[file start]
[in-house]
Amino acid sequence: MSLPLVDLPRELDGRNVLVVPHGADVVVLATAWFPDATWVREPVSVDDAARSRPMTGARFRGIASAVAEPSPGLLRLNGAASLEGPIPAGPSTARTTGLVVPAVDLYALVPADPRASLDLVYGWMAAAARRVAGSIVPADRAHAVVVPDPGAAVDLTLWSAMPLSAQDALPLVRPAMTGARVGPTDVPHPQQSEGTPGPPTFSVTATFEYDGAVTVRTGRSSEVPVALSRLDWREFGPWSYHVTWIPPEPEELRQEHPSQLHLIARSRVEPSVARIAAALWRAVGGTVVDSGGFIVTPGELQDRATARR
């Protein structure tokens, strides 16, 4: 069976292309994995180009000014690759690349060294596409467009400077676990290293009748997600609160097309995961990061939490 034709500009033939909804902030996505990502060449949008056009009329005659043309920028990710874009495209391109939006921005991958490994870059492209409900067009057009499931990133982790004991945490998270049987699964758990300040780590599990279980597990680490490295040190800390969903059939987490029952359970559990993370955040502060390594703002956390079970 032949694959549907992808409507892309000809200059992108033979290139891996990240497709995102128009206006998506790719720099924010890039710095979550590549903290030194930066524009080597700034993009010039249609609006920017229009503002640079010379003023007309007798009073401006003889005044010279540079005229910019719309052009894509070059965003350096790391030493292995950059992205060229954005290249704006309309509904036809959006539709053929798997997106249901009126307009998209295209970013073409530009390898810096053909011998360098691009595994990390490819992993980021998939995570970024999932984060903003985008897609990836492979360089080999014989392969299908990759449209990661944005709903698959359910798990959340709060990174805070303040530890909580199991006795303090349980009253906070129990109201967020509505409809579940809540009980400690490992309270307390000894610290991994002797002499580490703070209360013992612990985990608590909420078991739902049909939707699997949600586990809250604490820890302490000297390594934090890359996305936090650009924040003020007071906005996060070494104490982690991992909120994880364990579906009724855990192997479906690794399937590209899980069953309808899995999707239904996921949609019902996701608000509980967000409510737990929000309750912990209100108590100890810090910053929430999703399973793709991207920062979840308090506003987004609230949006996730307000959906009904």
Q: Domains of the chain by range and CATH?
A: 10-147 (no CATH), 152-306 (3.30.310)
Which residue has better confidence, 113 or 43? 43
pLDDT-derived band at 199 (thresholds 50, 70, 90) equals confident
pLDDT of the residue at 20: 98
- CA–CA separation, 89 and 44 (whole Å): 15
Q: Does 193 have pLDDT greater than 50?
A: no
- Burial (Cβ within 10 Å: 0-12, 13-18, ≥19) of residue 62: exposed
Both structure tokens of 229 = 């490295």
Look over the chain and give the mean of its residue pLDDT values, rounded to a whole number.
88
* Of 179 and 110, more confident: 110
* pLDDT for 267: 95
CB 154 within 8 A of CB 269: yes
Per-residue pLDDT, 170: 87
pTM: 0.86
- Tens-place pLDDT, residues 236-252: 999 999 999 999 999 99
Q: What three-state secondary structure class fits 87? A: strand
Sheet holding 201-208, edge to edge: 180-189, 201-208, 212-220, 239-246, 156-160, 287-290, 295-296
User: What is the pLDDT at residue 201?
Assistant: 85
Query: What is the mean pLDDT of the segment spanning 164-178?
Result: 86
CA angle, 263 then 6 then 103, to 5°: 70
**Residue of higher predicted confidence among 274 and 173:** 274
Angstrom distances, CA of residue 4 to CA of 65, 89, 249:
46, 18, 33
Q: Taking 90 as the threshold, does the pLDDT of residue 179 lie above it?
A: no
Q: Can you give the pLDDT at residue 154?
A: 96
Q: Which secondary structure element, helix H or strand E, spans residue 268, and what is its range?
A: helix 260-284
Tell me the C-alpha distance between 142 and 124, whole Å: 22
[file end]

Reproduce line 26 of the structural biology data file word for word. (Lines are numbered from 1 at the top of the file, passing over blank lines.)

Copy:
Query: What is the mean pLDDT of the segment spanning 164-178?